Welfare in Canada

Last updated: November 2020

This resource is not intended to help individuals identify what government transfers they could be entitled to. Individuals living in Northwest Territories seeking financial assistance should visit this page.

Components of welfare incomes

In the Northwest Territories, households that qualify for basic social assistance payments also qualify for other financial support, including:

  • Recurring additional social assistance payments (for example, an annual back-to-school allowance);
  • Federal and territorial child benefits (for households with children);
  • The GST/HST credit and credit supplements; and
  • Territorial tax credits or benefits.

Together, these combine with basic social assistance payments to form a household’s total welfare income. Households may receive less if they have income from other sources, or more if they have special health- or disability-related needs.

The table below shows the value and components of welfare incomes for four example household types in 2019. All four households are assumed to be living in Yellowknife. The child in the single parent family is aged two, and the children in the couple household are aged 10 and 15.

 Single person considered employableSingle person with a disabilitySingle parent, one childCouple, two children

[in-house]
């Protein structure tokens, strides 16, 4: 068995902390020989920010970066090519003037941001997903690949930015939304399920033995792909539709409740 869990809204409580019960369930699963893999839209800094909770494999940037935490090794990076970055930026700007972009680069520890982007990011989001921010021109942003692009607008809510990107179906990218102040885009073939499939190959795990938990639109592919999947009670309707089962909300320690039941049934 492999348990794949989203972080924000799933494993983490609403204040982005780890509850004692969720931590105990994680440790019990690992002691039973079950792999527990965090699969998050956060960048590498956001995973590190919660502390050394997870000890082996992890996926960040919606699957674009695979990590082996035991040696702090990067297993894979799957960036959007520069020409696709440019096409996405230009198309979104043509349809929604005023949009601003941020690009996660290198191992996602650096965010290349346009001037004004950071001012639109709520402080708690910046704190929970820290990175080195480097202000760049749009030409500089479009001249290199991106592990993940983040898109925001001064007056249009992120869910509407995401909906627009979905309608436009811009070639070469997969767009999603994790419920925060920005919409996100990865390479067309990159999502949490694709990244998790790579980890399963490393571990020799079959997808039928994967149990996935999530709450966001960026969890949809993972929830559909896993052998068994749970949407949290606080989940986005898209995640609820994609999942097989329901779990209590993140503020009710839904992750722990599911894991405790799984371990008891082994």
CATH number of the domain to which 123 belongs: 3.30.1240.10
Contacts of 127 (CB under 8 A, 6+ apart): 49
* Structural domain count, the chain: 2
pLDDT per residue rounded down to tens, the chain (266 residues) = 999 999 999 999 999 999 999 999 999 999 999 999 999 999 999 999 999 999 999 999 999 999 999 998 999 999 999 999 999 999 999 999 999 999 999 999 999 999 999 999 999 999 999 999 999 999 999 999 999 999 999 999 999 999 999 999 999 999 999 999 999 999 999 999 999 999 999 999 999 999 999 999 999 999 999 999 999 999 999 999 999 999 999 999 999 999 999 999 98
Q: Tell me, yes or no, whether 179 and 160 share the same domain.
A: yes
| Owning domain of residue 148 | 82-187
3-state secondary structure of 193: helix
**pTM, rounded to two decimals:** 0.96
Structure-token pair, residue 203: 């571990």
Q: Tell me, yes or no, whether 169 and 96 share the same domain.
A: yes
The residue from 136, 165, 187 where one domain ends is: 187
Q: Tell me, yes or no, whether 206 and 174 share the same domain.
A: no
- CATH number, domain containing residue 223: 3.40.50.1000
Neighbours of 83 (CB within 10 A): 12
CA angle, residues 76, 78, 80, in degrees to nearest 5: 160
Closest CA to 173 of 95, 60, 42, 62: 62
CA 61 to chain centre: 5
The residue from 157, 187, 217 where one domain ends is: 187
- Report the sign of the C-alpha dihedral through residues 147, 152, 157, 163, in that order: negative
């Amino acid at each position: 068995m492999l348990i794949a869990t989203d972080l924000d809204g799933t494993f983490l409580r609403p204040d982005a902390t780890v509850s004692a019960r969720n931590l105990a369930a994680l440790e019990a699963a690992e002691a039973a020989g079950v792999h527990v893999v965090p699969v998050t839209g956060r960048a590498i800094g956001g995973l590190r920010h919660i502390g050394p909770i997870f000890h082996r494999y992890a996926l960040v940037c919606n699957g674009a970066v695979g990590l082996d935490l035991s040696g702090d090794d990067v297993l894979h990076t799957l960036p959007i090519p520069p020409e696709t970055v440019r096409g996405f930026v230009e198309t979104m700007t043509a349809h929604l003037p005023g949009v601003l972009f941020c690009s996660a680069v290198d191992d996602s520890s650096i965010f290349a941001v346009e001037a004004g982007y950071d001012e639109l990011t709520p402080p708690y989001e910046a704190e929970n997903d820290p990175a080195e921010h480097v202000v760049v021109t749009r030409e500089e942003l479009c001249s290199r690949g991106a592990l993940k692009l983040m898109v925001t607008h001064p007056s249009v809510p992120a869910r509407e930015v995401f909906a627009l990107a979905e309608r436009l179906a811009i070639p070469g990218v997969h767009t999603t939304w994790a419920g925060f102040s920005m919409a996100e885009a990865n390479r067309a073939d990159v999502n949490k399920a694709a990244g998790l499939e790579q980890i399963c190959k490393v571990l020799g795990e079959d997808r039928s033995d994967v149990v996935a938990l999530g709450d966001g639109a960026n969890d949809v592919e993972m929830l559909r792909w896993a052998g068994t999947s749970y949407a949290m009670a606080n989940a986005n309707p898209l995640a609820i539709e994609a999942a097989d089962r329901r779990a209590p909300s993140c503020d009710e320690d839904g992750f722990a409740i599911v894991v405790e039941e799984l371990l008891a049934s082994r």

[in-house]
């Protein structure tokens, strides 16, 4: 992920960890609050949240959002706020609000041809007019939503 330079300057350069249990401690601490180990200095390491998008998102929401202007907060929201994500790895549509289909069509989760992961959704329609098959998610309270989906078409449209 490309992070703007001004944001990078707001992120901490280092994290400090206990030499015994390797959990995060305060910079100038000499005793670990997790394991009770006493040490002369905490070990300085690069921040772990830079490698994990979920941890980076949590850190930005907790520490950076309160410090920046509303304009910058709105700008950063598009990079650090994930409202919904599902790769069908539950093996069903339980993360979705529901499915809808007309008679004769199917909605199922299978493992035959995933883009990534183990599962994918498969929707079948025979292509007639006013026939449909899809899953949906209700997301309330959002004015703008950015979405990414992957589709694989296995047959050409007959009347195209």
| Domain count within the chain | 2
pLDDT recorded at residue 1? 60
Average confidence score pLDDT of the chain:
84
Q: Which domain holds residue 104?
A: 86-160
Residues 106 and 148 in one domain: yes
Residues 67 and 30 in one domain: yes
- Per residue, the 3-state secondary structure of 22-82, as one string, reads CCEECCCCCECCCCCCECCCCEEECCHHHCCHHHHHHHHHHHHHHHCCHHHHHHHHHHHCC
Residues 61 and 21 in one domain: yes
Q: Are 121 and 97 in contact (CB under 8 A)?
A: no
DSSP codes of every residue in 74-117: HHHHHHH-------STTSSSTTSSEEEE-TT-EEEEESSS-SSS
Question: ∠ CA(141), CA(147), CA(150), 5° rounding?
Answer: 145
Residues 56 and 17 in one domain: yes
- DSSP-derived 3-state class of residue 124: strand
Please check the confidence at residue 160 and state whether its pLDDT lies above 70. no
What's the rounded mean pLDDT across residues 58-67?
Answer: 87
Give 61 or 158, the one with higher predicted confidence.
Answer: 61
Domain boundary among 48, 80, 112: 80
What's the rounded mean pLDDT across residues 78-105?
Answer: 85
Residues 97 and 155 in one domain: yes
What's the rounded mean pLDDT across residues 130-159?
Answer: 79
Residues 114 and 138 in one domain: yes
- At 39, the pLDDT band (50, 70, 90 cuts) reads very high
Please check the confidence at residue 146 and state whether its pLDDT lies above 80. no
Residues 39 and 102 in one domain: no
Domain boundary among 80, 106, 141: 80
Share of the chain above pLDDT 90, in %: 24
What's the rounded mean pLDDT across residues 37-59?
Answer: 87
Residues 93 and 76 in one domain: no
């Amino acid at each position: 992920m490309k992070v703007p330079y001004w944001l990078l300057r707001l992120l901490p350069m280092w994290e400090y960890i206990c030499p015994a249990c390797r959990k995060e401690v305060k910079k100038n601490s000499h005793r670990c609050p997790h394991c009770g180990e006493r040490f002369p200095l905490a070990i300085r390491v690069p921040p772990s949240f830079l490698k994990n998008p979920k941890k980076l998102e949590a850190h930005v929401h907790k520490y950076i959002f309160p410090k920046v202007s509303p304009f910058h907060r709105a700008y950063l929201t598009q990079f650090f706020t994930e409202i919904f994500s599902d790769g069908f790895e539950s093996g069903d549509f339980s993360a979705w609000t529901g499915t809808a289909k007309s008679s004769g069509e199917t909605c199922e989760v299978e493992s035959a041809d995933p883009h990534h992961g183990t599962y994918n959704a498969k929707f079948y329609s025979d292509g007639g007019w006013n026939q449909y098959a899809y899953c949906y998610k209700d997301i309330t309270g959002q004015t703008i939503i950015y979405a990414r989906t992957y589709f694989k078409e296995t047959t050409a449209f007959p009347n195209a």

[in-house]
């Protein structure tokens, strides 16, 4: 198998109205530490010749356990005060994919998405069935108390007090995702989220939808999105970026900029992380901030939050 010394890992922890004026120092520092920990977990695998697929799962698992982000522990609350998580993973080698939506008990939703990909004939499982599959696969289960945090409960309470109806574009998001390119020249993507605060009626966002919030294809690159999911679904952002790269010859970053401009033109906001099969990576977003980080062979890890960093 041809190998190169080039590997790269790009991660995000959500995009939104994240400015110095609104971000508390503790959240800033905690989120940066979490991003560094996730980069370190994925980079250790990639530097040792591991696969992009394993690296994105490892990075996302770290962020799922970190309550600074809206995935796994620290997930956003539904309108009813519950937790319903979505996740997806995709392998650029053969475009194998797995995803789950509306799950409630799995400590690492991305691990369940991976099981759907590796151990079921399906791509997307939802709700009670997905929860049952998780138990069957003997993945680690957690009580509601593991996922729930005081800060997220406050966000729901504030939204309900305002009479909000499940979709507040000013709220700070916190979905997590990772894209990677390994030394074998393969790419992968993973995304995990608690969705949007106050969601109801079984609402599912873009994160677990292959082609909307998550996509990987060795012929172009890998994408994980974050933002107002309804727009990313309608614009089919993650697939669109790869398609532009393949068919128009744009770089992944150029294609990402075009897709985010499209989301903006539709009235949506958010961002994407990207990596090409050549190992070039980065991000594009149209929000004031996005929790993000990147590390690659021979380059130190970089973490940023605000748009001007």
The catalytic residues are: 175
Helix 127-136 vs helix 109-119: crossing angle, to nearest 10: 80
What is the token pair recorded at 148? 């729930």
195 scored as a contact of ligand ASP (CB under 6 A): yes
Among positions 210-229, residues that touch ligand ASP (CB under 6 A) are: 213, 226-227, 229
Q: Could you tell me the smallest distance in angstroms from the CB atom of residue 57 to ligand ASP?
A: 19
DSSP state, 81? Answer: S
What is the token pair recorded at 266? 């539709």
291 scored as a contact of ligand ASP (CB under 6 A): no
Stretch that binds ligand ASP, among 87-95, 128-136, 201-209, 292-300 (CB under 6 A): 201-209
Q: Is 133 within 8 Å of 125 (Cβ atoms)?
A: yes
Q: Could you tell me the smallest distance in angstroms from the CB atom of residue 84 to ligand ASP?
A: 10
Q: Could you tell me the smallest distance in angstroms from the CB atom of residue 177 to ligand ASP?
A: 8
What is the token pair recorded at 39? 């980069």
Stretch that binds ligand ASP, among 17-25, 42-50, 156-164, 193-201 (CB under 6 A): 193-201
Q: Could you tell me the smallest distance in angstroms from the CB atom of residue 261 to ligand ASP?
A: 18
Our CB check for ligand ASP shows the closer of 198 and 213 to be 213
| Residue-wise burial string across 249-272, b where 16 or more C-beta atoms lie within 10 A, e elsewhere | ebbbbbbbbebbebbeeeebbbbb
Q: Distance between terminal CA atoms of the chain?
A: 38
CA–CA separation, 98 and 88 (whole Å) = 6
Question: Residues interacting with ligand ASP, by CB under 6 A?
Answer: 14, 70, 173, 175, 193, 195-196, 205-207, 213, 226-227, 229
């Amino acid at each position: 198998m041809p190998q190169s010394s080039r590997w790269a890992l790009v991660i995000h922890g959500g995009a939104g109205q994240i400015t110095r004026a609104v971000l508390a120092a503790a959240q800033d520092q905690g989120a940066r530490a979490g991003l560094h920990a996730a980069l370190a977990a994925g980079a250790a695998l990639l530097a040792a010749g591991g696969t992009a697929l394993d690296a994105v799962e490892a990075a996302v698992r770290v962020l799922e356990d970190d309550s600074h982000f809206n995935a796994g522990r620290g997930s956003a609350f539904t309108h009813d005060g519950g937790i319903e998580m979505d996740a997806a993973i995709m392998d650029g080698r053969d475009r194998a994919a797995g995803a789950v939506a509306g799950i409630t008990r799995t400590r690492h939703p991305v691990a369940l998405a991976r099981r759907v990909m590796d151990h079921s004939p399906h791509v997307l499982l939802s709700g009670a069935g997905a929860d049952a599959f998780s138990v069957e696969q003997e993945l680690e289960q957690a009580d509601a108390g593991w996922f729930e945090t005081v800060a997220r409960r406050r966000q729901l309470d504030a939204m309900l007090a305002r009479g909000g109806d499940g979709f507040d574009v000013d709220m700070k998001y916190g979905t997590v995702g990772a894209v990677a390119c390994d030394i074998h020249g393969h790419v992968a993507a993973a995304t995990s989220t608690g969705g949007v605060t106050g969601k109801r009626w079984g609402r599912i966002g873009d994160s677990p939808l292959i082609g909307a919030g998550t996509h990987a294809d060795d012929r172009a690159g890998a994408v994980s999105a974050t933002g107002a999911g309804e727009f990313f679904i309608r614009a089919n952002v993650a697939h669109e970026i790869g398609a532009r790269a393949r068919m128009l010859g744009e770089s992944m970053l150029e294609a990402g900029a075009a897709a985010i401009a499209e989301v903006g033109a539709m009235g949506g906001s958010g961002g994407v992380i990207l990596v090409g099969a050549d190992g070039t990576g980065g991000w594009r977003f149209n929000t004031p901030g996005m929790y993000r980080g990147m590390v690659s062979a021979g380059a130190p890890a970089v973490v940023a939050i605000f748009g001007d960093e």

Basic social assistance$25,420$25,734$28,050$33,543
Additional SA benefits $5,013  
Federal child benefits  $6,568$10,887
Territorial child benefits  $815$1,121
GST/HST credit$438$438$725$876
Territorial tax credits/benefits$52$52$112$224
Total 2019 income$25,910 $31,237 $36,269 $46,652

Note: Totals may not add up due to rounding.

Download the data in a table

Total annual welfare incomes in 2019 ranged from $25,910 for a single person considered employable to $46,652 for a couple with two children.

The basic social assistance food allowance was unchanged from 2018. In the Northwest Territories, the amount of social assistance paid for the costs of shelter, fuel, and utilities are based on the actual costs of each recipient household; therefore, the amounts in the table are an estimate of the average costs. The fuel and utilities components are an average of the amount paid to recipients in each of the household types in 2019. The shelter amount is based on average market rents as calculated annually by the Canada Mortgage and Housing Corporation.

Only the single person with a disability received additional social assistance benefits, as shown in the table. The Disability Allowance of $300 per month was increased as of April 1 to $405 per month. The Incidental Allowance for Persons with Disabilities provided $39 per month.

Both households with children received the Canada Child Benefit, which increased with inflation in July 2019 from $541 to $553.25 per month for a child under 6 years of age, and from $457 to $466.83 per month for a child aged 6 to 17.